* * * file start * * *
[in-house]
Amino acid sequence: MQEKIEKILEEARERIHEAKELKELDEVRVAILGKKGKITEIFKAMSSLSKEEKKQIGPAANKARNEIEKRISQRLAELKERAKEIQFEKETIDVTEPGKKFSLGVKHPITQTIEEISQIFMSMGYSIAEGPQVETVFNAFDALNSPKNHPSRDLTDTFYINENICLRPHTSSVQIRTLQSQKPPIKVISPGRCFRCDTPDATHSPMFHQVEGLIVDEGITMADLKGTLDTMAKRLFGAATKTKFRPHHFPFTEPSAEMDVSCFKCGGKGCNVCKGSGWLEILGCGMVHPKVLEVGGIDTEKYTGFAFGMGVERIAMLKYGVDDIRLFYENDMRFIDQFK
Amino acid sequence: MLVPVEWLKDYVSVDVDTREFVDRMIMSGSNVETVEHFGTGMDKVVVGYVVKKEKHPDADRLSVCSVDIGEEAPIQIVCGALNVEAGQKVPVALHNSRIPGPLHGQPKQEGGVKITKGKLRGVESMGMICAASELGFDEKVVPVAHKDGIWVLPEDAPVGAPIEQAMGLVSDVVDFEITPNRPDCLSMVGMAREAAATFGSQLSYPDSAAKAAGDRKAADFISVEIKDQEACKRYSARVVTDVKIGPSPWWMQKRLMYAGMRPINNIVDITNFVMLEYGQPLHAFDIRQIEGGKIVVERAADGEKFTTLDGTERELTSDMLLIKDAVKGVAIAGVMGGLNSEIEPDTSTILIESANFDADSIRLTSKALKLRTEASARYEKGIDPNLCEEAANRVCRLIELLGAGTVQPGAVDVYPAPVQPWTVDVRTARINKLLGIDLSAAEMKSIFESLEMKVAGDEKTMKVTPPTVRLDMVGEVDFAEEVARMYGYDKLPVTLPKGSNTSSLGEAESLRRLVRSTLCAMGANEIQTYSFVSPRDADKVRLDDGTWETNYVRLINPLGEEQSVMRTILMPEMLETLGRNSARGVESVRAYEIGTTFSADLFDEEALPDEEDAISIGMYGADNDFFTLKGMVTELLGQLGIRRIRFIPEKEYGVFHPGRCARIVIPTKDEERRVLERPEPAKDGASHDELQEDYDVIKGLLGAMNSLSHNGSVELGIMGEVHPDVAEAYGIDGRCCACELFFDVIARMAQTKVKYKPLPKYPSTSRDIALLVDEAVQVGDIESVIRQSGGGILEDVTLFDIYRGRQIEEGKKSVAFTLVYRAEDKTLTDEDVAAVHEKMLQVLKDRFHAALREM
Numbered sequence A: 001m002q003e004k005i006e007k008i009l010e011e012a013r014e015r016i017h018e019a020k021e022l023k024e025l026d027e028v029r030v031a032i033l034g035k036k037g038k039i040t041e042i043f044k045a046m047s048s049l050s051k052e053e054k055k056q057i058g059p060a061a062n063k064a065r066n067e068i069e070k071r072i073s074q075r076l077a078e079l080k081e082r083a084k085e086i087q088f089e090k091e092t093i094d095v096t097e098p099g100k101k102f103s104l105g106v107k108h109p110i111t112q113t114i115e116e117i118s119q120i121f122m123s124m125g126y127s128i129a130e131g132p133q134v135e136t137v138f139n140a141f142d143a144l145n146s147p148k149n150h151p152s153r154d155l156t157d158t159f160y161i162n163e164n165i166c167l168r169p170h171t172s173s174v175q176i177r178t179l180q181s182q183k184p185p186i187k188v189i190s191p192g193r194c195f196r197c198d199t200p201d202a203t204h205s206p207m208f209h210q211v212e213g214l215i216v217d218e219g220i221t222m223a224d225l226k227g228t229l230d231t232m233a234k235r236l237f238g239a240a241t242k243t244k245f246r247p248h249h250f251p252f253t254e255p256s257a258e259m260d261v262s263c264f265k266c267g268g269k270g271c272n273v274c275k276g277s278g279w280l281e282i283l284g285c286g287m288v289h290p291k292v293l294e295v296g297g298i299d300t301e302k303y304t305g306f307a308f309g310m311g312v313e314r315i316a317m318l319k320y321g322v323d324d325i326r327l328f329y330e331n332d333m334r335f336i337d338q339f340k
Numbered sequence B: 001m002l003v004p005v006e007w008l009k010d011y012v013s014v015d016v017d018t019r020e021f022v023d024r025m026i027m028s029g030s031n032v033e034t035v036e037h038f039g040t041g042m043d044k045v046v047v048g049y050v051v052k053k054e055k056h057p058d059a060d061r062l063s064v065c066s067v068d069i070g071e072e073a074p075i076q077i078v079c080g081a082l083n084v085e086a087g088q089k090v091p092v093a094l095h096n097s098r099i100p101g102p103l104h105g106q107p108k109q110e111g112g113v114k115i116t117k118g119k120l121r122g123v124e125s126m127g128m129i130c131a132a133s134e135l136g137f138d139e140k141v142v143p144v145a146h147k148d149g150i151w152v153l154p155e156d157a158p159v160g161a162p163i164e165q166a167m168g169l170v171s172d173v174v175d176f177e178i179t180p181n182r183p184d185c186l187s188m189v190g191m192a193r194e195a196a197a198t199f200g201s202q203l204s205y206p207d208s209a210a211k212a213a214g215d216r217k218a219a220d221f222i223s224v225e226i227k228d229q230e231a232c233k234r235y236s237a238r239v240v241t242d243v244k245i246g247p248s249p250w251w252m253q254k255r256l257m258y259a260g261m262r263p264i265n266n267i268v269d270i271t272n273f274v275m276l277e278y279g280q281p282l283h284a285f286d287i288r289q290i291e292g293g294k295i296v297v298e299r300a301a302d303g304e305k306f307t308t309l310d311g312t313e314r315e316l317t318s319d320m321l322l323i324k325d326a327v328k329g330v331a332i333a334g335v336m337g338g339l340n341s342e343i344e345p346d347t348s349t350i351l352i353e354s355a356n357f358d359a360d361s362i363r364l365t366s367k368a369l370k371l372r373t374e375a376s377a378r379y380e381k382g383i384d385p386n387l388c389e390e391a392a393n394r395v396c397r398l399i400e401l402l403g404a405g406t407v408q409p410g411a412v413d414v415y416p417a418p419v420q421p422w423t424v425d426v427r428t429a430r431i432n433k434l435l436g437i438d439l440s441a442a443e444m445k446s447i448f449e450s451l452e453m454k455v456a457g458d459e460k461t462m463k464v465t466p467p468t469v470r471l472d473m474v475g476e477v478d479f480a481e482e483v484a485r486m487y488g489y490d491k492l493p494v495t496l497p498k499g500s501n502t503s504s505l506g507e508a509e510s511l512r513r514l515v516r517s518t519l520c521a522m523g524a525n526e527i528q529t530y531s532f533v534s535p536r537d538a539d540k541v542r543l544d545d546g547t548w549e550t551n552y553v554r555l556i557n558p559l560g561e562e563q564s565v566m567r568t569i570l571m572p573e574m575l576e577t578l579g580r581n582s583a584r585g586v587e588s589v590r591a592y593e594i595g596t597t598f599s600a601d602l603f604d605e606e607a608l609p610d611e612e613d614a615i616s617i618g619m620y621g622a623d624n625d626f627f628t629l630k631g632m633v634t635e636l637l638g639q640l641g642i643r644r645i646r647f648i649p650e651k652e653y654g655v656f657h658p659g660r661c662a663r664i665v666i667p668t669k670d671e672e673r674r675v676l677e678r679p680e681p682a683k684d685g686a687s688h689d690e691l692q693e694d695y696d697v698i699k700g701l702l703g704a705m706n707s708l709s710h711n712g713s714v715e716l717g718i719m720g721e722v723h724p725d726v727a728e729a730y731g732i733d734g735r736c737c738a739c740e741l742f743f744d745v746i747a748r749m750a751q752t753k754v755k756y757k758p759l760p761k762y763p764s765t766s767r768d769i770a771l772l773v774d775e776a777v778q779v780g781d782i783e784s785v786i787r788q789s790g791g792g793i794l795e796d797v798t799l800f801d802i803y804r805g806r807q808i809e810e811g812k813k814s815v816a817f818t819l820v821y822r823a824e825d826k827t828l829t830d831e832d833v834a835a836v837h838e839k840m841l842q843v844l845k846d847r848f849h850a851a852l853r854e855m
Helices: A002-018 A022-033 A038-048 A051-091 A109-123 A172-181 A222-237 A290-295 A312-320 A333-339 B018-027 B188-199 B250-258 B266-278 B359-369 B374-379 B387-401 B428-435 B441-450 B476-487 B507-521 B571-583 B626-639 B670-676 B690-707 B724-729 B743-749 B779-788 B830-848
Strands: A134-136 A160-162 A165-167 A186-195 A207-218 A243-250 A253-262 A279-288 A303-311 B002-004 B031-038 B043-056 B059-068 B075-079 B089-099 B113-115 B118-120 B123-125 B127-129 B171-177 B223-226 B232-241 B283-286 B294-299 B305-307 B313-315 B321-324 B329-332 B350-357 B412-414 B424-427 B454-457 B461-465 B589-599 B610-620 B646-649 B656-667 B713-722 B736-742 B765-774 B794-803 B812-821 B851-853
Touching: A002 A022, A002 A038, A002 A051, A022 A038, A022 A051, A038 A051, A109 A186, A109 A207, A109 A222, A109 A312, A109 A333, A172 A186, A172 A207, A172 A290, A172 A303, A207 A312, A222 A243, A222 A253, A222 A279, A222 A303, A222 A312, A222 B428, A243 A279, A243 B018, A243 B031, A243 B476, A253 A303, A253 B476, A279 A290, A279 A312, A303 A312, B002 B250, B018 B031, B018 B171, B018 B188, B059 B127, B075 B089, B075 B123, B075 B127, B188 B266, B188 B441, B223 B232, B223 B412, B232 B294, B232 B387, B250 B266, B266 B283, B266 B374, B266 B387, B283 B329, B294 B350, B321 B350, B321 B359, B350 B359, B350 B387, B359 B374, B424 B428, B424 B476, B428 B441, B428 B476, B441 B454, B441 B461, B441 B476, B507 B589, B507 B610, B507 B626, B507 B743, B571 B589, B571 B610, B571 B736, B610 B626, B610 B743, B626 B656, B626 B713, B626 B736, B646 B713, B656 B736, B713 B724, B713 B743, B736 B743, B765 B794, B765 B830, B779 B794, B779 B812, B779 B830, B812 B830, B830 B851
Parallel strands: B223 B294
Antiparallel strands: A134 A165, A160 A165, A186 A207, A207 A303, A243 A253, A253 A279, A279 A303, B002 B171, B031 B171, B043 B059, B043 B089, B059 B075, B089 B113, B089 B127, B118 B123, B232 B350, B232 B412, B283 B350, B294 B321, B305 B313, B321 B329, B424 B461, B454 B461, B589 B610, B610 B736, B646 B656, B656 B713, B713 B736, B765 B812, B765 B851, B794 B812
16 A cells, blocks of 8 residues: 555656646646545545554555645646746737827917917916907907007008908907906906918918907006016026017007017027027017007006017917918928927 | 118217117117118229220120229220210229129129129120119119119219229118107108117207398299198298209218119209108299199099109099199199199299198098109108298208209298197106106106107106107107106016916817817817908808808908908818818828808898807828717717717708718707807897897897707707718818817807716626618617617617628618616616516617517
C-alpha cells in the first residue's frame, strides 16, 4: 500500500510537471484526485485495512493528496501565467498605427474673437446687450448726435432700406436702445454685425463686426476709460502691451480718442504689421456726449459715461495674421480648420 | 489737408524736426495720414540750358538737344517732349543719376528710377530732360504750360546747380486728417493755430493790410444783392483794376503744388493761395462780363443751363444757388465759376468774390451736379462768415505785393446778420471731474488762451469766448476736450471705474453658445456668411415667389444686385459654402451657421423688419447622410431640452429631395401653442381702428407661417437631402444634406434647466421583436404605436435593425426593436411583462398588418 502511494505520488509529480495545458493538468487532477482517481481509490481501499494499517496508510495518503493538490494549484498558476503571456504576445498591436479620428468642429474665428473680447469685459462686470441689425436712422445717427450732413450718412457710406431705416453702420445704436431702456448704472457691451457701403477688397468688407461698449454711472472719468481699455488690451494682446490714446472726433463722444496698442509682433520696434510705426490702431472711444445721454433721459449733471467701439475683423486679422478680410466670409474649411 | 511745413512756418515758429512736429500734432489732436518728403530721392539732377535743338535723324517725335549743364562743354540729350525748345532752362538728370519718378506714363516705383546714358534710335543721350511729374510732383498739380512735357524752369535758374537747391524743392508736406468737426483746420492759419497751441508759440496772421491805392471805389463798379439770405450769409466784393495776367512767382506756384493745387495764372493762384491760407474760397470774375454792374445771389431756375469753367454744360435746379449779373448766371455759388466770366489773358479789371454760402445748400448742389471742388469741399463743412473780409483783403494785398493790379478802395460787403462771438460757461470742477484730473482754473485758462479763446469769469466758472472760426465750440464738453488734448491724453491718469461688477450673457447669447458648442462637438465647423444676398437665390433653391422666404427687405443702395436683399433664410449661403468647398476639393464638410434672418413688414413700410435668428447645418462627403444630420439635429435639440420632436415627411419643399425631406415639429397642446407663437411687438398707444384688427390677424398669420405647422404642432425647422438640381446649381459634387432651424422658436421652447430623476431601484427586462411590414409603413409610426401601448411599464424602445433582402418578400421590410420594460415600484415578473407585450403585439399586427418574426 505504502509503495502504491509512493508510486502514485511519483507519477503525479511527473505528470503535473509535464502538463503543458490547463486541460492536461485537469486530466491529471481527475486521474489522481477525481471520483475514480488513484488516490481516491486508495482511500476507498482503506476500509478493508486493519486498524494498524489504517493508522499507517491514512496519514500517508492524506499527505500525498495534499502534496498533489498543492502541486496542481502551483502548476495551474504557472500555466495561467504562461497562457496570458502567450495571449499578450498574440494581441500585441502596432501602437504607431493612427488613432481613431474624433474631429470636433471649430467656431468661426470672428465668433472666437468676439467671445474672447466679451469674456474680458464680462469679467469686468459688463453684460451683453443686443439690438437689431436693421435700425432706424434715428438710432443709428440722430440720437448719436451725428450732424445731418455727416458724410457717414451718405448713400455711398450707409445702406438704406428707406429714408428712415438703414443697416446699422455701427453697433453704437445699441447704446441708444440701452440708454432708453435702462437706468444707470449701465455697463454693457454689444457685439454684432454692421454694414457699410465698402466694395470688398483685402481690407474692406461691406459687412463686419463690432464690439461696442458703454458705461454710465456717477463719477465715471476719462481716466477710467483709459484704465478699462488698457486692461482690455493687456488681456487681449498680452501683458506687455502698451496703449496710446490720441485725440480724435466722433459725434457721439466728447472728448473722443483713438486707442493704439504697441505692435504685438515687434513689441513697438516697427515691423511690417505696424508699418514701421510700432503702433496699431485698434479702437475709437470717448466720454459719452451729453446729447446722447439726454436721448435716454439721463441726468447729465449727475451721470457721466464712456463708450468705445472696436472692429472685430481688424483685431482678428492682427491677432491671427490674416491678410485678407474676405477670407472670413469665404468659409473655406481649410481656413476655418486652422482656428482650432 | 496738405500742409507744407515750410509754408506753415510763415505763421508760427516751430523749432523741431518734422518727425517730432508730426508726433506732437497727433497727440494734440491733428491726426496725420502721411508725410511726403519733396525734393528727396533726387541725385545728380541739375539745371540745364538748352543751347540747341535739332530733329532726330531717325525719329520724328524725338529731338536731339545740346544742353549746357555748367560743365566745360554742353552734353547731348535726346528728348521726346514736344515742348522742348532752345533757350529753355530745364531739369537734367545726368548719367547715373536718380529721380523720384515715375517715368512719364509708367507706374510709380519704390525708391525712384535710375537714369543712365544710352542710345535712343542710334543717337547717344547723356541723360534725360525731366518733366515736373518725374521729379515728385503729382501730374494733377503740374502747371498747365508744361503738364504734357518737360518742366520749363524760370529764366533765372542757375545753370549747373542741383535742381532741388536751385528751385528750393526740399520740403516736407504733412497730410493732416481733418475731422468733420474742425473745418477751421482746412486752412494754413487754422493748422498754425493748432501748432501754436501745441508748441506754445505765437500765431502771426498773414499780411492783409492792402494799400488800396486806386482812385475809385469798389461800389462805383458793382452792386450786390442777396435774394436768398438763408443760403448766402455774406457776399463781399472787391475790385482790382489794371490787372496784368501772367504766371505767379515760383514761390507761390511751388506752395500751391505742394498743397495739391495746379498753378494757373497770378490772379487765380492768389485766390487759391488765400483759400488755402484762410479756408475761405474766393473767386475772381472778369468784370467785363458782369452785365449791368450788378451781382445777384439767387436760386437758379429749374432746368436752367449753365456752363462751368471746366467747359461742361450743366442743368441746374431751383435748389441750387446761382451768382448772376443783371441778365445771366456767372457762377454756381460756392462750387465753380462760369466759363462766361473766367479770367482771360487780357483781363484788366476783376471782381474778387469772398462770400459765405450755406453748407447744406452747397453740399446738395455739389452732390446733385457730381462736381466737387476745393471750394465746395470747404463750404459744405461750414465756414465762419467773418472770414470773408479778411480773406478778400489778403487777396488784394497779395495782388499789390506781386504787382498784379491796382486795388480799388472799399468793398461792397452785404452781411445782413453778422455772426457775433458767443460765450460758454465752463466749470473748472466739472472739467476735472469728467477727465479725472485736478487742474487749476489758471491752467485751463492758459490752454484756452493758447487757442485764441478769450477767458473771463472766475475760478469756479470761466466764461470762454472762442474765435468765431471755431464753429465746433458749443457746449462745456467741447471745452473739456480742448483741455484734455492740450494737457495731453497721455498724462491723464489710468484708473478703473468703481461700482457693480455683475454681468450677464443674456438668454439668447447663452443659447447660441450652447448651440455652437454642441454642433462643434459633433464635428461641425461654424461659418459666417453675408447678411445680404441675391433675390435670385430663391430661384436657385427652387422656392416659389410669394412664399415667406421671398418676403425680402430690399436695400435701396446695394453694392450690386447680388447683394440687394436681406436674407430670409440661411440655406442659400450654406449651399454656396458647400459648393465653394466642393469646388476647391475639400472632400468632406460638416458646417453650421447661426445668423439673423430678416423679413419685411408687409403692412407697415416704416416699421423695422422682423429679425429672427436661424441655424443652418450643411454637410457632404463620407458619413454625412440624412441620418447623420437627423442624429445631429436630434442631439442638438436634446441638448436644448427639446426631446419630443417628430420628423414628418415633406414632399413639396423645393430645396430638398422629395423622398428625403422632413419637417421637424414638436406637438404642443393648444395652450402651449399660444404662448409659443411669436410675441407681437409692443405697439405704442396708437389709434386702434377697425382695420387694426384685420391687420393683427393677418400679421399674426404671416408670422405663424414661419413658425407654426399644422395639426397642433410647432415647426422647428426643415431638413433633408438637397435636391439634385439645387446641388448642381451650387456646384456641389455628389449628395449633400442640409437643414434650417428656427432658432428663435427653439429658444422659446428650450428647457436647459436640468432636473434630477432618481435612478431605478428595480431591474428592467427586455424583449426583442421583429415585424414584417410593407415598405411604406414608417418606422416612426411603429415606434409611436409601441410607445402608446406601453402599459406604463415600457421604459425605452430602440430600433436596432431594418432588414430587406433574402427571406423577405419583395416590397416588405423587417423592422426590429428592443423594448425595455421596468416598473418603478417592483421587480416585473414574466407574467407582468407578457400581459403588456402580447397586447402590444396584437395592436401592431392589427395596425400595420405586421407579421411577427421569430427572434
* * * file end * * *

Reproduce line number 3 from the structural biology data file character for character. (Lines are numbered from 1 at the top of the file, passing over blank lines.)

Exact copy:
Amino acid sequence: MLVPVEWLKDYVSVDVDTREFVDRMIMSGSNVETVEHFGTGMDKVVVGYVVKKEKHPDADRLSVCSVDIGEEAPIQIVCGALNVEAGQKVPVALHNSRIPGPLHGQPKQEGGVKITKGKLRGVESMGMICAASELGFDEKVVPVAHKDGIWVLPEDAPVGAPIEQAMGLVSDVVDFEITPNRPDCLSMVGMAREAAATFGSQLSYPDSAAKAAGDRKAADFISVEIKDQEACKRYSARVVTDVKIGPSPWWMQKRLMYAGMRPINNIVDITNFVMLEYGQPLHAFDIRQIEGGKIVVERAADGEKFTTLDGTERELTSDMLLIKDAVKGVAIAGVMGGLNSEIEPDTSTILIESANFDADSIRLTSKALKLRTEASARYEKGIDPNLCEEAANRVCRLIELLGAGTVQPGAVDVYPAPVQPWTVDVRTARINKLLGIDLSAAEMKSIFESLEMKVAGDEKTMKVTPPTVRLDMVGEVDFAEEVARMYGYDKLPVTLPKGSNTSSLGEAESLRRLVRSTLCAMGANEIQTYSFVSPRDADKVRLDDGTWETNYVRLINPLGEEQSVMRTILMPEMLETLGRNSARGVESVRAYEIGTTFSADLFDEEALPDEEDAISIGMYGADNDFFTLKGMVTELLGQLGIRRIRFIPEKEYGVFHPGRCARIVIPTKDEERRVLERPEPAKDGASHDELQEDYDVIKGLLGAMNSLSHNGSVELGIMGEVHPDVAEAYGIDGRCCACELFFDVIARMAQTKVKYKPLPKYPSTSRDIALLVDEAVQVGDIESVIRQSGGGILEDVTLFDIYRGRQIEEGKKSVAFTLVYRAEDKTLTDEDVAAVHEKMLQVLKDRFHAALREM